Tuesday, January 25, 2022

UK approves Covid jab for under-12s as govt shortens self-isolation

Britain is in the midst of a stepped-up booster campaign, as it tries to minimise the impact of weeks of rising Omicron infections, aiming to offer a third jab to all adults by the end of the month.

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British regulators on Wednesday approved a new formulation of Pfizer’s Covid-19 vaccine appropriate for use in children aged five to 11, as the government cut the isolation period required for positive cases.

The announcements came as Wales followed Scotland in unveiling new post-Christmas coronavirus curbs, primarily around hospitality and large events, as the UK’s devolved nations move at different speeds to surging Omicron variant cases.

Britain’s Medicines and Healthcare products Regulatory Agency (MHRA) said it had approved the new age-appropriate Pfizer-BioNTech after finding it was “safe and effective” for children aged five to 11.

“We have carefully considered all the available data and reached the decision that there is robust evidence to support a positive benefit risk for children in this age group,” MHRA chief executive June Raine said in a statement.

She noted the two-shot formulation was given at a lower dose compared to those administered to adults, with the “overwhelming majority” of reported side-effects related to mild symptoms, such as a sore arm or a flu-like illness.

Britain is in the midst of a stepped-up booster campaign, as it tries to minimise the impact of weeks of rising Omicron infections, aiming to offer a third jab to all adults by the end of the month.

The variant is now the dominant strain of the virus across the country – already one of the hardest hit in Europe, with a death toll of 147,433 and new daily cases at record levels.

Ahead of a flurry of different announcements around the UK on Wednesday, the government in London said people who have tested positive can stop self-isolating after seven days instead of 10.

The change, which could potentially allow many more to join family Christmas celebrations, only applies to those who have taken two negative lateral flow tests.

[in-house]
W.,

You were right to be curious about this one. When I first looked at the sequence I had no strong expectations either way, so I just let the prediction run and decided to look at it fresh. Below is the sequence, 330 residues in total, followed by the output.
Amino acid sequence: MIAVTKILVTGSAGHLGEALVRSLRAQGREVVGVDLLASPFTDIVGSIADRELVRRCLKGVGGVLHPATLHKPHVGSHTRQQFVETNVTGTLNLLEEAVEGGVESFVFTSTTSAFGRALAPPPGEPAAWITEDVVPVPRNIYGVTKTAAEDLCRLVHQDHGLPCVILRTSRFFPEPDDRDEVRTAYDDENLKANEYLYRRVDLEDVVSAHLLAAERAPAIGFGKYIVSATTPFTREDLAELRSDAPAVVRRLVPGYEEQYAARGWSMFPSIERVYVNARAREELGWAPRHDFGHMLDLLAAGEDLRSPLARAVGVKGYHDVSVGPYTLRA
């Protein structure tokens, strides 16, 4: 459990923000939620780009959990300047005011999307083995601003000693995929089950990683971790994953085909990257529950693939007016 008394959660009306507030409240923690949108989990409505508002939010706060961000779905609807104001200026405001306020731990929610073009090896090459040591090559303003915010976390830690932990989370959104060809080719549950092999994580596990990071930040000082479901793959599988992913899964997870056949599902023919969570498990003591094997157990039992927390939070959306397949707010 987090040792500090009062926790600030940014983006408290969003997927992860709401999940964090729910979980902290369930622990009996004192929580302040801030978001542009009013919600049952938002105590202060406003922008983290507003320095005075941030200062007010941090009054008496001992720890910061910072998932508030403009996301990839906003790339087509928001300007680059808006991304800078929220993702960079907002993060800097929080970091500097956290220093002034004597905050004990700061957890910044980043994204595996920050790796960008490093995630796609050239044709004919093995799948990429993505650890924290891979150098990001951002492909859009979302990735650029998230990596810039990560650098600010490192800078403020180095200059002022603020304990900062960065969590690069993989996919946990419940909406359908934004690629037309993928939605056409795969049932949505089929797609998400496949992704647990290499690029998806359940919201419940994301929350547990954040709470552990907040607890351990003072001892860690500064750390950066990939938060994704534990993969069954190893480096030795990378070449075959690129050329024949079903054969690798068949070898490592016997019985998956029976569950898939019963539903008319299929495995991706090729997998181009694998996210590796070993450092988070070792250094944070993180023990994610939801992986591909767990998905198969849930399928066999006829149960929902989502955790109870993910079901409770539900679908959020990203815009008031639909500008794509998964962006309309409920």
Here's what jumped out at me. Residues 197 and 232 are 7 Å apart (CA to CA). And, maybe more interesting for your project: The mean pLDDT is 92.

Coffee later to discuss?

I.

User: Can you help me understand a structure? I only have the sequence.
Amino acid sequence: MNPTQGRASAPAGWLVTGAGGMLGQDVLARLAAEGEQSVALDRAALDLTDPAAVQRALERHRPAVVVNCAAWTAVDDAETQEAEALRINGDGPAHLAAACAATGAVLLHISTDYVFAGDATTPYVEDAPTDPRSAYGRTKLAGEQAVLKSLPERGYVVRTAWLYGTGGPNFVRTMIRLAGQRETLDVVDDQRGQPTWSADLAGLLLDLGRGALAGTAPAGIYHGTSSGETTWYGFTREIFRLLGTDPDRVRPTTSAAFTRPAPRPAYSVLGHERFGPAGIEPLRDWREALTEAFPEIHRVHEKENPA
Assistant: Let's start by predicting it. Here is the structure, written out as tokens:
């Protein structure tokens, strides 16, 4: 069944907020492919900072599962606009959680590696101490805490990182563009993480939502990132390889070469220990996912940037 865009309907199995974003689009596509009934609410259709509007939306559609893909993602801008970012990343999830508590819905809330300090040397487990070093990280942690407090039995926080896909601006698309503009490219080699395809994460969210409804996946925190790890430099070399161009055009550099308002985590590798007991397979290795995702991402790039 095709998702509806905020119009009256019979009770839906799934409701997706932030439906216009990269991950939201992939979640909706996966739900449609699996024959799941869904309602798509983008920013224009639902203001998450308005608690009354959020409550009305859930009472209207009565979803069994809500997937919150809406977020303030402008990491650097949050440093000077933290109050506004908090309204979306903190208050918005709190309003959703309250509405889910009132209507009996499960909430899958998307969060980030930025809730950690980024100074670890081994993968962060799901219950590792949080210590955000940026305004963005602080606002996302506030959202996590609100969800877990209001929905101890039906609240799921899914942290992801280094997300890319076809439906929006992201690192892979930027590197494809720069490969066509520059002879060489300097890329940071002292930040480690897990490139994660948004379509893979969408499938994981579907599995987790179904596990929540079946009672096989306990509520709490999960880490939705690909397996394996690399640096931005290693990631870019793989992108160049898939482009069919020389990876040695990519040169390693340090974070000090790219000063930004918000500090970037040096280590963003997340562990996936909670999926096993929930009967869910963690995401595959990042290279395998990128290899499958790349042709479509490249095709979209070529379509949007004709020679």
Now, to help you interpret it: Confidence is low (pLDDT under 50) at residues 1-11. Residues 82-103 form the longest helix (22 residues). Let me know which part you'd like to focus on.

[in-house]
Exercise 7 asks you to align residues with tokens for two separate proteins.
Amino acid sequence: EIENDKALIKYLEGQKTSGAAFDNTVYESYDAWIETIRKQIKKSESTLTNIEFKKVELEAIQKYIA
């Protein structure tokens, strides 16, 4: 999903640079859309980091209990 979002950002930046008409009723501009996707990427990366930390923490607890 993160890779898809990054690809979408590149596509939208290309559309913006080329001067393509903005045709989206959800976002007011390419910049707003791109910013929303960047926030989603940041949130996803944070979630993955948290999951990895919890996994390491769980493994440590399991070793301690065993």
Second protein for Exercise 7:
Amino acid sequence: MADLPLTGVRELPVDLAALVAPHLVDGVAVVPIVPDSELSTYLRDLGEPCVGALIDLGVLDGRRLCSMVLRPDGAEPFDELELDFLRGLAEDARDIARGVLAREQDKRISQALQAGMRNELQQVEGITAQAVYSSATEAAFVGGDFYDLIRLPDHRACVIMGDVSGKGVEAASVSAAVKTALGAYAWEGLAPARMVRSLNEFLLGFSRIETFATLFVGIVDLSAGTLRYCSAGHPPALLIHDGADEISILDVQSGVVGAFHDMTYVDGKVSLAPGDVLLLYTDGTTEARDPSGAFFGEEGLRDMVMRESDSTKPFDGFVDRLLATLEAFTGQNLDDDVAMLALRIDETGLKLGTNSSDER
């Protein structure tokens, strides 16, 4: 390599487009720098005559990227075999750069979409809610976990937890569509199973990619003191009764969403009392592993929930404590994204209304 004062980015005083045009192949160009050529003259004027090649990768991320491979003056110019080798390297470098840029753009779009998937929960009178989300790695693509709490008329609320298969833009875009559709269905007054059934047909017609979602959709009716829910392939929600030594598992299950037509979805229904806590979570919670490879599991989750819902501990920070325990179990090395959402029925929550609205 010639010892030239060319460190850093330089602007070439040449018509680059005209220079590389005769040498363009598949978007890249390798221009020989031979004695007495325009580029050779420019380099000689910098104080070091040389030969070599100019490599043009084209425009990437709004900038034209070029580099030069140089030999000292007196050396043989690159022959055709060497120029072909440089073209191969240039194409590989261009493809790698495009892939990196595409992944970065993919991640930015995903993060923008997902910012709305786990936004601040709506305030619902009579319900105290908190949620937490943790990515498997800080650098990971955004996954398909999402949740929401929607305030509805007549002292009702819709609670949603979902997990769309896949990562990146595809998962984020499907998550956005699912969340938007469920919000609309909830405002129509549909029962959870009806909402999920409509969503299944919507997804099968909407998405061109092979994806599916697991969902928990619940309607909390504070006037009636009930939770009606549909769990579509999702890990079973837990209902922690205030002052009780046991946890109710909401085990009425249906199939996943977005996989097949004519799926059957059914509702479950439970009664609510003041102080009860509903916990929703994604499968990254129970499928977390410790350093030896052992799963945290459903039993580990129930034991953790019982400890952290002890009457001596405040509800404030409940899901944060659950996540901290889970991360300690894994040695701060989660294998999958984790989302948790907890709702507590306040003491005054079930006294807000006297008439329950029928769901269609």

Antiviral drugs deal

Hours later, the devolved government in Wales announced that from Dec 26 socialising in pubs, cinemas and restaurants would be limited to groups of a maximum of six people.

Two-metre distancing will return in public places, pubs and other licensed premises will be table service only and staff will have to collect contact tracing details, and masks will be required once again.

Large events will essentially be banned, the maximum permissible number of people allowed to gather indoors set at 30, and outdoors at 50.

It follows Scotland unveiling new rules there Tuesday, which also come into force on Dec 26 for at least three weeks and cap attendance at outdoor events at 500.

The move means the pandemic has forced the cancellation of Edinburgh’s hugely popular New Year’s Eve street party for the second successive year.

However, UK Prime Minister Boris Johnson has resisted calls to impose stricter rules in England over Christmas.

The embattled leader, reeling from weeks of scandals and setbacks – including growing discontent among his ruling Conservatives – has said he wants more evidence on Omicron’s severity and ability to evade vaccines.

Meanwhile his government said it had signed deals to buy more than 4 million courses of two new antiviral drugs – Pfizer’s Ritonavir and US rival Merck/MSD’s Molnupiravir – to treat Covid-19.

Molnupiravir, sold as Lagevrio, is part of a national trial run by the University of Oxford that people can join if they have virus symptoms.

Britain was the first country in the world to approve it last month and the authorities will make it available to those at high risk of severe illness, such as people with cancer.

Pfizer’s pill, marketed as Paxlovid, has yet to be authorised anywhere in the world.

The company said Tuesday that clinical trials showed it reduced hospital admissions and deaths among at-risk people by almost 90 percent, when taken a few days after symptoms began.

Both drugs would be rolled out “as quickly as possible” early next year, if Ritonavir is also approved by regulators.

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